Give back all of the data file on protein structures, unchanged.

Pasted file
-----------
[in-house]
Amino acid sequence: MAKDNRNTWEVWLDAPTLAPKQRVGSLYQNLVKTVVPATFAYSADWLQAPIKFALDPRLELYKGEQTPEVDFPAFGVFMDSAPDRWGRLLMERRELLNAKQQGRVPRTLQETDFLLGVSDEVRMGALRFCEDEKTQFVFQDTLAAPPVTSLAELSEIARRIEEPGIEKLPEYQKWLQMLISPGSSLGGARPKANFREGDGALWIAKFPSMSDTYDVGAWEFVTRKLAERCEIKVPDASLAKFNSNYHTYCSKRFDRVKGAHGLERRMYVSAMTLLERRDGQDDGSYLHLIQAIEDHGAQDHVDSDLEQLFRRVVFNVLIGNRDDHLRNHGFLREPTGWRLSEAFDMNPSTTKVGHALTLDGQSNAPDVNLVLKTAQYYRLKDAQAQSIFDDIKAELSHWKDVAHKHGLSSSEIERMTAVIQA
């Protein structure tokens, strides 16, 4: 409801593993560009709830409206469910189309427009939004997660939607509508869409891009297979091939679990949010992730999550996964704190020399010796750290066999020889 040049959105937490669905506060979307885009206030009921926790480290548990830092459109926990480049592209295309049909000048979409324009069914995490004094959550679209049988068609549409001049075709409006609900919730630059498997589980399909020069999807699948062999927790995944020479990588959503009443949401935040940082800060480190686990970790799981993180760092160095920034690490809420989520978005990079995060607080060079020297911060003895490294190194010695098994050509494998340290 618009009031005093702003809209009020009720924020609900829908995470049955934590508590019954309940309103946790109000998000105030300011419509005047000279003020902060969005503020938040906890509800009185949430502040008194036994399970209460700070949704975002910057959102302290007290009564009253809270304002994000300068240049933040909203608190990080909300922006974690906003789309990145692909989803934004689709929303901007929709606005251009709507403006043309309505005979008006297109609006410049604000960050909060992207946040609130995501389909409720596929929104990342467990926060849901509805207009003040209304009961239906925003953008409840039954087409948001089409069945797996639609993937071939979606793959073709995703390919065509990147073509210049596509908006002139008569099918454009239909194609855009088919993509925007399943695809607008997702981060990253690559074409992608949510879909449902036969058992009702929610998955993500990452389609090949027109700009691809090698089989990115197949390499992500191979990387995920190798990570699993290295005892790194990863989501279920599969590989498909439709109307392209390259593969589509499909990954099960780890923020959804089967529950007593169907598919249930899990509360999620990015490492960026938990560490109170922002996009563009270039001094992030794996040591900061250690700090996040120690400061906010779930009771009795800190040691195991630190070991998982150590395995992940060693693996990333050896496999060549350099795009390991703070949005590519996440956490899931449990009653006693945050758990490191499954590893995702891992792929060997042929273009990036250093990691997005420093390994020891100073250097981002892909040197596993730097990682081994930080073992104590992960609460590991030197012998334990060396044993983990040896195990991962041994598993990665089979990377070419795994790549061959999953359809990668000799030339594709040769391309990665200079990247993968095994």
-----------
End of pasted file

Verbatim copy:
[in-house]
Amino acid sequence: MAKDNRNTWEVWLDAPTLAPKQRVGSLYQNLVKTVVPATFAYSADWLQAPIKFALDPRLELYKGEQTPEVDFPAFGVFMDSAPDRWGRLLMERRELLNAKQQGRVPRTLQETDFLLGVSDEVRMGALRFCEDEKTQFVFQDTLAAPPVTSLAELSEIARRIEEPGIEKLPEYQKWLQMLISPGSSLGGARPKANFREGDGALWIAKFPSMSDTYDVGAWEFVTRKLAERCEIKVPDASLAKFNSNYHTYCSKRFDRVKGAHGLERRMYVSAMTLLERRDGQDDGSYLHLIQAIEDHGAQDHVDSDLEQLFRRVVFNVLIGNRDDHLRNHGFLREPTGWRLSEAFDMNPSTTKVGHALTLDGQSNAPDVNLVLKTAQYYRLKDAQAQSIFDDIKAELSHWKDVAHKHGLSSSEIERMTAVIQA
């Protein structure tokens, strides 16, 4: 409801593993560009709830409206469910189309427009939004997660939607509508869409891009297979091939679990949010992730999550996964704190020399010796750290066999020889 040049959105937490669905506060979307885009206030009921926790480290548990830092459109926990480049592209295309049909000048979409324009069914995490004094959550679209049988068609549409001049075709409006609900919730630059498997589980399909020069999807699948062999927790995944020479990588959503009443949401935040940082800060480190686990970790799981993180760092160095920034690490809420989520978005990079995060607080060079020297911060003895490294190194010695098994050509494998340290 618009009031005093702003809209009020009720924020609900829908995470049955934590508590019954309940309103946790109000998000105030300011419509005047000279003020902060969005503020938040906890509800009185949430502040008194036994399970209460700070949704975002910057959102302290007290009564009253809270304002994000300068240049933040909203608190990080909300922006974690906003789309990145692909989803934004689709929303901007929709606005251009709507403006043309309505005979008006297109609006410049604000960050909060992207946040609130995501389909409720596929929104990342467990926060849901509805207009003040209304009961239906925003953008409840039954087409948001089409069945797996639609993937071939979606793959073709995703390919065509990147073509210049596509908006002139008569099918454009239909194609855009088919993509925007399943695809607008997702981060990253690559074409992608949510879909449902036969058992009702929610998955993500990452389609090949027109700009691809090698089989990115197949390499992500191979990387995920190798990570699993290295005892790194990863989501279920599969590989498909439709109307392209390259593969589509499909990954099960780890923020959804089967529950007593169907598919249930899990509360999620990015490492960026938990560490109170922002996009563009270039001094992030794996040591900061250690700090996040120690400061906010779930009771009795800190040691195991630190070991998982150590395995992940060693693996990333050896496999060549350099795009390991703070949005590519996440956490899931449990009653006693945050758990490191499954590893995702891992792929060997042929273009990036250093990691997005420093390994020891100073250097981002892909040197596993730097990682081994930080073992104590992960609460590991030197012998334990060396044993983990040896195990991962041994598993990665089979990377070419795994790549061959999953359809990668000799030339594709040769391309990665200079990247993968095994």